When we are faced with new situations, we draw on our previous experiences stored in memory, in other words, our social knowledge. The content of those experiences and knowledge and how easily we can retrieve it will affect what types of social judgments we make and how we behave in social situations. If you are attending your first day of class, for exam­ple, in order to act appropriately you draw on social knowledge that tells you “how to behave in a class­room.” This process includes having available stored representations of the social world or memories of past events, how to apply those memories to various situations, and easy access to the memories.

We draw on implicit theories of personality (our personal theories of how personality works) to make judgments, for example, about how a professor should act in a classroom. If the professor’s behavior is incon­sistent with our implicit theory of how he or she should act, this will affect the impression we form of the professor. If a professor dresses in shorts and makes casual references to the party he attended last night, this may violate our implicit theory that profes­sors are reserved and work all the time. Research sup­ports this in that implicit personality theories we have about people, in general, influence the impressions we form about specific individuals (Epstein et al., 1992; Skowronski & Carlston, 1989).

However, availability of social information in memory does not necessarily imply easy access to that information. The degree to which informa­tion in memory is easily accessible will determine the extent to which that information will guide social judgments and/or behavior. Easy access to information will be influenced by a number of vari­ables. First, accessibility depends on the strength of the information stored in memory. For example, if you have extensive past experience retrieving and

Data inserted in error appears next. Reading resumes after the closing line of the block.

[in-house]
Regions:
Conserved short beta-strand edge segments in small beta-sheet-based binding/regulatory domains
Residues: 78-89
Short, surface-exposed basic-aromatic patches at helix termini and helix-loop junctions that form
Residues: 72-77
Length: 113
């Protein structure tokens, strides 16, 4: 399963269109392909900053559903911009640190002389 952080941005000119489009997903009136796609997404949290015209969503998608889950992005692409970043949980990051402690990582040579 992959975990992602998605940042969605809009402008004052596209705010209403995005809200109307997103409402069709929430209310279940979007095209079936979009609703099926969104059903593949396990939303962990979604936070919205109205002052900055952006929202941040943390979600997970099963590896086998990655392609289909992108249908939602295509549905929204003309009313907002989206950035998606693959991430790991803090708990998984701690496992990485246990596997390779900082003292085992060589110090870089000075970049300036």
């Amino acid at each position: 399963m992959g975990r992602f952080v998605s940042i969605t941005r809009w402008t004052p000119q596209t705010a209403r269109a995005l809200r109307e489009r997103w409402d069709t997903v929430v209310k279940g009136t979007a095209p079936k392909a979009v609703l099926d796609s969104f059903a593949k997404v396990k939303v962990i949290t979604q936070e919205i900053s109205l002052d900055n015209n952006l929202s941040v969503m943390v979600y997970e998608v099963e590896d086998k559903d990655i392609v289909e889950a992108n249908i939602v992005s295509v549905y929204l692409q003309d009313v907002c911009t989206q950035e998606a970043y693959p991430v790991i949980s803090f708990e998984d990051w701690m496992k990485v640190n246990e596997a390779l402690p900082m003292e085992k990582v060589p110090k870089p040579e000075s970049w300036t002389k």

applying a particular construct, such as a personal­ity trait (aggressive), you will have a highly accessi­ble social knowledge structure representing features of this particular personality trait (e. g., dominant in social situations, highly competitive, and so on). Thus you would judge a person as “aggressive” by interpreting dominant behaviors as clearly diagnos­tic of aggressiveness. The personality trait construct would not be easily accessible for other people who do not have experience with aggressive people so that the trait of aggressiveness may not have been retrieved very often. These people would be likely to interpret the behavior very differently (Bargh, 1997; Higgins et al., 1977). For example, they may see the dominant or aggressive person as an expert in the area.

Age differences in the accessibility of social knowl­edge influence social judgments. First, as you saw in the case of impression formation, older adults rely on easily accessible social knowledge structures such as the initial impression made about an individual. Second, age differences in knowledge accessibility also depend on the extent to which people rely on source judgments, in other words, when they try to deter­mine the source of a particular piece of information. For example, suppose you and a friend were intro­duced to two new people last week. Jane is an athlete and Sereatha is a bookworm. Sereatha revealed to you that she loves to play tennis. Today, your friend asks you whether it was Jane or Sereatha that loves to play tennis. This is a source judgment.

Mather and colleagues (Mather et al., 1999; Mather & Johnson, 2003) have found that when making source judgments, older adults rely more on easily accessible knowledge than do younger adults. In the example of meeting Jane and Sereatha, older adults would be more likely to erroneously remem­ber that Jane loves to play tennis, as they would rely on an easily accessible stereotype that the athlete is more likely to love tennis than the bookworm.

Finally, older adults make more social judgment biases because they have trouble distinguishing between information that is true and information that is false (Chen, 2002; Chen & Blanchard-Fields, 2000). In studies by Chen and colleagues, older adults were instructed to disregard false information (printed in

red) and pay attention to true information (printed in black) when reading criminal reports. However, the older adults had difficulty in doing so, and thus the false information (e. g., information that exacerbated the nature of the crime) biased their judgments about how dangerous the criminal was and affected their determination of the criminal’s prison sentence.